+ Seventy percent of Americans support expanding the child tax credit, including 80 percent of Democrats, 64 percent of independents, and 59 percent of Republicans. The broad support includes 81 percent of parents and 65 percent of non-parents. And a majority believe the CTC is a high priority for Congress this year.

+ A new study found that telemedicine abortion services are extremely safe and effective, with a success rate of 98 percent and a safety rate of over 99 percent. 

Mifepristone, also known as RU-486, is a medication typically used in combination with misoprostol to bring about a medical abortion during pregnancy and manage early miscarriage. (Anna Moneymaker / Getty Images)

+ Less than one in six movies in 2024—just 15 out of 104—will be directed solely by women. Another three movies have both a male and female director. 

“Although there has been a shift towards inclusivity for female directors in recent years, these findings evidence that there is still a large disparity in opportunities available to women wanting to direct feature length films,” shares the organization conducting the study.

+ States with abortion restrictions have higher rates of intimate partner violence. Pregnant women are especially at risk, with abortion ban states having a 75 percent increase in peripartum homicide rates. Guns were used in 63 percent of peripartum homicides, compared to 49 percent in homicides of non-pregnant women.

+ Bureau of Labor Statistics data shows that women made up 46.9 percent of the workforce in 2023 and almost all skincare specialists, dental hygienists, speech language pathologists, and preschool and kindergarten teachers. 

Women are also overrepresented in childcare, counseling and healthcare (except for surgeons and dentists). Of the top 10 highest-compensated occupations, women make up the minority in all but one: pharmacists. 

+ More than 70 percent of people assigned female at birth aged 15-29 don’t know an abortion clinic they could go to if needed. Of those, over 40 percent don’t know how to find a clinic.

“Even before the overturn of Roe v. Wade, immense barriers to abortion care disproportionately harmed young people, people of color, those in rural areas and people with low incomes. The Dobbs decision that overturned Roe has created an even more dire abortion access landscape. Across the country, many people are unsure where they can go to access abortion care, potentially worsening health outcomes as people navigate various state bans and restrictions,” said Power to Decide CEO Dr. Raegan McDonald-Mosley.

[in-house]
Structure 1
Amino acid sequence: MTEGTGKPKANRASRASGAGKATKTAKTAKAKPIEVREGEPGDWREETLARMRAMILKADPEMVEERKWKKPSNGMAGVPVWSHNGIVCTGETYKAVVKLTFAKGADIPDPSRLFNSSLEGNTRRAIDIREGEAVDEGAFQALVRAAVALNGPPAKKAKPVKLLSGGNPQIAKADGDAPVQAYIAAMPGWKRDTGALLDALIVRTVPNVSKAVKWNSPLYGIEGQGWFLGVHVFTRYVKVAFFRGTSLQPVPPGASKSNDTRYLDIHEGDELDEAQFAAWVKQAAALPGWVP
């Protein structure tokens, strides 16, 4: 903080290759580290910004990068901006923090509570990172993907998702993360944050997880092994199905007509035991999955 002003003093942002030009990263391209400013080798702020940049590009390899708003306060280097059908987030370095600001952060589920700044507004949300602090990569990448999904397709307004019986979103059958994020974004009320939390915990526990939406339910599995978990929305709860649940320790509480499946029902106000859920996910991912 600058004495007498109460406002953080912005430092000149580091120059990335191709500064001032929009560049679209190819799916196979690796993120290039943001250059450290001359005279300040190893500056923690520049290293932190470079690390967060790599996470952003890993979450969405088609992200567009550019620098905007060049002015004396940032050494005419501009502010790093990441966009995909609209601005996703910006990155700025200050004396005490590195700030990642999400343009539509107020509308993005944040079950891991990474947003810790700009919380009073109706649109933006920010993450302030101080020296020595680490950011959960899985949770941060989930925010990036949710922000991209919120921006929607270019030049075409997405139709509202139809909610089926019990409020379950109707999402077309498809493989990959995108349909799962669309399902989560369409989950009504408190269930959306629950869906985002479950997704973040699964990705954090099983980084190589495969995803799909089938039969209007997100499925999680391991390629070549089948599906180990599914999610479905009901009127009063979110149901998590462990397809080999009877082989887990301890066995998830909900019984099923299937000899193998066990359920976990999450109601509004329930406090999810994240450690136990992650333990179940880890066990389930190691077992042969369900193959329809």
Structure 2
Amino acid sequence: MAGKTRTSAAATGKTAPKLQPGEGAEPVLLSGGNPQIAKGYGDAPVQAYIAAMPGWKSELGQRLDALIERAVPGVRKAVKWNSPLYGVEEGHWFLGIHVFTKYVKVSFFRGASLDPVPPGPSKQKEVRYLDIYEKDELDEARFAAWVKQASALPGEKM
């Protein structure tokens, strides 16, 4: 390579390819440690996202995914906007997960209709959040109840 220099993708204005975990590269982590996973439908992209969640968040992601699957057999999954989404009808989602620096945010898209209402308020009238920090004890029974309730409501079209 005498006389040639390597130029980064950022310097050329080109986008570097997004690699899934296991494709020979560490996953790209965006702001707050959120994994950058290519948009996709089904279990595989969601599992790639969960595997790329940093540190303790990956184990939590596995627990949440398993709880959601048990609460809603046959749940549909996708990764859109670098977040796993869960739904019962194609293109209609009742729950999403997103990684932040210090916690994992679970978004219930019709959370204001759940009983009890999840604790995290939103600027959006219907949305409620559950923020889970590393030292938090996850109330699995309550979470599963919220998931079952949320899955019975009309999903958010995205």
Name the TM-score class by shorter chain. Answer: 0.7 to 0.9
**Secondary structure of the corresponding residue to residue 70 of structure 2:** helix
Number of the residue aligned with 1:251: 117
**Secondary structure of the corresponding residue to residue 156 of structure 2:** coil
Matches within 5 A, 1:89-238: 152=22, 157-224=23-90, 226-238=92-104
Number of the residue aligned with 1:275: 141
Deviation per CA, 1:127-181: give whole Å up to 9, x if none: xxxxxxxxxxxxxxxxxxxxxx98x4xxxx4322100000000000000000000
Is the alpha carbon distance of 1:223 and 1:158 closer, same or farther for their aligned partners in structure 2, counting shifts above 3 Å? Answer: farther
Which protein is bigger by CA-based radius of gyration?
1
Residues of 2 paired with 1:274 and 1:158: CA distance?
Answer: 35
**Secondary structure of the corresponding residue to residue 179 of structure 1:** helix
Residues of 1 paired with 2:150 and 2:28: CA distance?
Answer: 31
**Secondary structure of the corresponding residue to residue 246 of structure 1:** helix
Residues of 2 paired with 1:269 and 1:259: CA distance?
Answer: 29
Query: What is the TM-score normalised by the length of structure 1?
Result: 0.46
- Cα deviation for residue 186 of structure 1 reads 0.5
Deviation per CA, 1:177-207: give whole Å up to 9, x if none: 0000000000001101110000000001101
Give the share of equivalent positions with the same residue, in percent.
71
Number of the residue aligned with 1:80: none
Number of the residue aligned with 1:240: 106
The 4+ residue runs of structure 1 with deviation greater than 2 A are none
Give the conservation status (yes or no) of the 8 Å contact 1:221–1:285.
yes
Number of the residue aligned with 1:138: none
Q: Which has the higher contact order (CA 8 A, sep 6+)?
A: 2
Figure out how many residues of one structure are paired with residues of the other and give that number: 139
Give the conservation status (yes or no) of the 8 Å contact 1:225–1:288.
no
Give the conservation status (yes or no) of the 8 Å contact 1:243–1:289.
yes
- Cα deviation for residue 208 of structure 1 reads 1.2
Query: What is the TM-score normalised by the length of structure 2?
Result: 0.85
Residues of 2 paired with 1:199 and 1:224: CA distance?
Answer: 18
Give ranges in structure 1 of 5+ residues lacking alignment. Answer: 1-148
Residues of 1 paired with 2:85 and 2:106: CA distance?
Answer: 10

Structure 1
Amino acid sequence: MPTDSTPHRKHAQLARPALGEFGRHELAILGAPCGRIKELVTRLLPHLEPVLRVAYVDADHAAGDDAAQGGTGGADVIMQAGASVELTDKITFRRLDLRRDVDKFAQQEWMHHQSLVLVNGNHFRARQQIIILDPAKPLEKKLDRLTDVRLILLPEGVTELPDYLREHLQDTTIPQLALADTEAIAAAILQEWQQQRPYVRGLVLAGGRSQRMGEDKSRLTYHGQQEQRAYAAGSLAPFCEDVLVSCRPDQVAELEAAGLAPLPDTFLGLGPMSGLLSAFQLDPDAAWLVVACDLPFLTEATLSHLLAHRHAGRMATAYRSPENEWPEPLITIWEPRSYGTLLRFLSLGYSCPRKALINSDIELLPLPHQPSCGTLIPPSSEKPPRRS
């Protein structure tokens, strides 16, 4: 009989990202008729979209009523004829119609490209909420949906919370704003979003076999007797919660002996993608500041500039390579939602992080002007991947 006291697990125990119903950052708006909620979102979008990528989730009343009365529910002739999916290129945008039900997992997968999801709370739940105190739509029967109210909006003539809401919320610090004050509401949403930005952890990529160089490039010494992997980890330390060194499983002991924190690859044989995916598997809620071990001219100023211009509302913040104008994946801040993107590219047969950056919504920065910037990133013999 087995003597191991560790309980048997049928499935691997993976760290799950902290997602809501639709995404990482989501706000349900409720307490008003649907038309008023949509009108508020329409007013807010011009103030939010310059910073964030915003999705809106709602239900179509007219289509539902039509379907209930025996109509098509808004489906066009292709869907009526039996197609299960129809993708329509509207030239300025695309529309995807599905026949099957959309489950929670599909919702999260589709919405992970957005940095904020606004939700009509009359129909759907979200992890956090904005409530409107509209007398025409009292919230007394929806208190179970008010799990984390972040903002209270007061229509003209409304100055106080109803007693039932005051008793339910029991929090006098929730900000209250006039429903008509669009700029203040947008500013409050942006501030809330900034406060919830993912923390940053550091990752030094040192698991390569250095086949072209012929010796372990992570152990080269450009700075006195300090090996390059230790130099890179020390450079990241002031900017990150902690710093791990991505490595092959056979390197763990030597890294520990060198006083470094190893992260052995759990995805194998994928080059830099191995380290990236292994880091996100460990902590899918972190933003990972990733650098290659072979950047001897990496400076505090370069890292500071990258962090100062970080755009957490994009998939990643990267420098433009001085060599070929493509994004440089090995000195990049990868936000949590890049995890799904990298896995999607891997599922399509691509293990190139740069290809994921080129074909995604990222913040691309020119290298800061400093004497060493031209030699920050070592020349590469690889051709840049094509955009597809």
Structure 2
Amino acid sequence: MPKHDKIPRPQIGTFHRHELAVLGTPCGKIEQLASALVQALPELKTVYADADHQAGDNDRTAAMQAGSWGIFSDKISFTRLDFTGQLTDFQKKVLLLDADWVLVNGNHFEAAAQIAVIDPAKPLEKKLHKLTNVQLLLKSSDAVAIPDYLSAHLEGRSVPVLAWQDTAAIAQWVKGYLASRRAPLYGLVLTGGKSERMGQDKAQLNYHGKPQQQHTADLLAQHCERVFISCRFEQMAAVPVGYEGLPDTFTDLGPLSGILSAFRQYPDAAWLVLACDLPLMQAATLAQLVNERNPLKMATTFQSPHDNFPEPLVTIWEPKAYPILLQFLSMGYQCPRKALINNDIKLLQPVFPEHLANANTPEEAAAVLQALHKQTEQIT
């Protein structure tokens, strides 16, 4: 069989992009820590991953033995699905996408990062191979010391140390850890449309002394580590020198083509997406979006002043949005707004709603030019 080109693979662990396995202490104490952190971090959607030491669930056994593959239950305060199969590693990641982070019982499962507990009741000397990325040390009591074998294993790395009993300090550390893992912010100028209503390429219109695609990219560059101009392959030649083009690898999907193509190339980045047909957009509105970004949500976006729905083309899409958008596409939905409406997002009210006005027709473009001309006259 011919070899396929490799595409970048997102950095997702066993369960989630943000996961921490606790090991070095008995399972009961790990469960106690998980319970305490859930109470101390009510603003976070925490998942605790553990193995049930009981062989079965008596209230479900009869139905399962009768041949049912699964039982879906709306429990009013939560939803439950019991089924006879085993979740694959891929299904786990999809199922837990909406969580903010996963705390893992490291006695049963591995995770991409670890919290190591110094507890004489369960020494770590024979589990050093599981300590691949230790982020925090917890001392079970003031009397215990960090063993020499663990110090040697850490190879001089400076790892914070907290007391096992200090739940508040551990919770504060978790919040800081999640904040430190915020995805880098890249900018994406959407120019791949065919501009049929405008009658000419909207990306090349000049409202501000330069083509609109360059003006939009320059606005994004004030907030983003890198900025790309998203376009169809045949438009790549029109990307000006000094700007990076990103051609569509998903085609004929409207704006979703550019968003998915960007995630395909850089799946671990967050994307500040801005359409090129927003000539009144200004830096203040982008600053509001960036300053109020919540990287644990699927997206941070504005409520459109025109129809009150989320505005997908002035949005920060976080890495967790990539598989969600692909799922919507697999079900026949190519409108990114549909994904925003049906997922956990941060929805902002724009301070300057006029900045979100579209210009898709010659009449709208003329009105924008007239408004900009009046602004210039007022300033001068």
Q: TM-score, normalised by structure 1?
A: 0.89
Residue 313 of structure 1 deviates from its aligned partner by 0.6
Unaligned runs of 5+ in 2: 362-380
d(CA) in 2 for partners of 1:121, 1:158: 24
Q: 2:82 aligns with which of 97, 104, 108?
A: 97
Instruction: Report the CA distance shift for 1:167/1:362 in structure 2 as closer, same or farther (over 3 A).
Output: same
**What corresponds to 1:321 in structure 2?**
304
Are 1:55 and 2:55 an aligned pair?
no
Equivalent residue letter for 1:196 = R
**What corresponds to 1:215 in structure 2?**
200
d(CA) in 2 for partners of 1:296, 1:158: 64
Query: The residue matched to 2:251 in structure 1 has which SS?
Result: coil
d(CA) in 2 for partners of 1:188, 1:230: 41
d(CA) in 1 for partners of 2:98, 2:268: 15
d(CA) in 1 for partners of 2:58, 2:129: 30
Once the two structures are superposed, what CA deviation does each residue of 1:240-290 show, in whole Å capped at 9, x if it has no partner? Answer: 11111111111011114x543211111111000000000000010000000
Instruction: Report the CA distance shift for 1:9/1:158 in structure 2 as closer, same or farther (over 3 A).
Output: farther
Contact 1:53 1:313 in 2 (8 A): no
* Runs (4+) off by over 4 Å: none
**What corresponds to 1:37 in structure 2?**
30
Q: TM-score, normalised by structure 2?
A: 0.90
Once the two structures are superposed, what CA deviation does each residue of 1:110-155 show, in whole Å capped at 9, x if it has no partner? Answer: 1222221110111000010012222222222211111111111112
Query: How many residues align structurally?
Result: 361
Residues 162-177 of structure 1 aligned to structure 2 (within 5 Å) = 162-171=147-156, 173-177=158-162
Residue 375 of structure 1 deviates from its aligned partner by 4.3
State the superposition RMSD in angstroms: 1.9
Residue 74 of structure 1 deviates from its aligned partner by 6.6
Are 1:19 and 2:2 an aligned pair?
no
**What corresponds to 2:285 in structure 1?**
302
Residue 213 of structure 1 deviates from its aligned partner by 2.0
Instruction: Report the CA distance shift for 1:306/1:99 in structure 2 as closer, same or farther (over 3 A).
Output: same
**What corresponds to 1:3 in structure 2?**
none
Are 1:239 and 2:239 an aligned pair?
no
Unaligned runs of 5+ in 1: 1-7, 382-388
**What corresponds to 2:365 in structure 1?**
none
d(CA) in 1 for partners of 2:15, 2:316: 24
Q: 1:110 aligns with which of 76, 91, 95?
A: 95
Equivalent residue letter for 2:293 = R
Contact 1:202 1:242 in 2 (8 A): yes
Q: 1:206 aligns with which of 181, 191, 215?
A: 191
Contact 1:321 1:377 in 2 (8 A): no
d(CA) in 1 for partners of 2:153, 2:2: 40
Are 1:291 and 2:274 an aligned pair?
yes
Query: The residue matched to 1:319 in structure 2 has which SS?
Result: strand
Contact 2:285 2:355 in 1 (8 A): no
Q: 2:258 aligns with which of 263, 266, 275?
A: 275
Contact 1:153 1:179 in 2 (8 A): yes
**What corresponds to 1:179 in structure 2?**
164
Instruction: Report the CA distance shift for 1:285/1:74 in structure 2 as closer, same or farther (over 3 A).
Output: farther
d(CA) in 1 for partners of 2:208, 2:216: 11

+ The percent of Americans 40 years or older that have never been married has increased from 6 percent in 1980 to 25 percent today. Black people are even less likely to get married, with nearly 48 percent of Black women in that age bracket never having been married, compared to 20 percent in the 1970s. The effects of slavery and discriminatory welfare policies, colorism, disproportionate incarceration rates and more may be contributing to this gap.

+ A study found that 69 percent of textbooks in 34 English-speaking countries displayed bias against women. The books included twice as many male words as female words, and where women were included they were often linked to domestic roles, family, appearance and passive roles.

+ Viewing abortion plotlines on TV is associated with greater knowledge about abortion and a higher willingness to support a friend seeking an abortion. However, viewing media alone didn’t lead to fewer judgements or stigma about who gets abortions.

+ Women aged 50-70 are more likely than men to use antidepressants after a divorce or death of a partner, a Finnish study found. More men entered a new relationship after a break-up or death, but the re-partner rate after a divorce was equal.

+ Premature births have increased by 12 percent from 2014 to 2022. According to the CDC, “everywhere chemicals” may be a contributing factor, but chronic health conditions, pregnancies at a later age, abortion bans, lack of prenatal care and systemic racism may also lead to preterm deliveries.

Up Next:

U.S. democracy is at a dangerous inflection point—from the demise of abortion rights, to a lack of pay equity and parental leave, to skyrocketing maternal mortality, and attacks on trans health. Left unchecked, these crises will lead to wider gaps in political participation and representation. For 50 years, Ms. has been forging feminist journalism—reporting, rebelling and truth-telling from the front-lines, championing the Equal Rights Amendment, and centering the stories of those most impacted. With all that’s at stake for equality, we are redoubling our commitment for the next 50 years. In turn, we need your help, Support Ms. today with a donation—any amount that is meaningful to you. For as little as $5 each month, you’ll receive the print magazine along with our e-newsletters, action alerts, and invitations to Ms. Studios events and podcasts. We are grateful for your loyalty and ferocity.


Katie Fleischer (she/they) is a Ms. editorial assistant working on the Front and Center series and Keeping Score.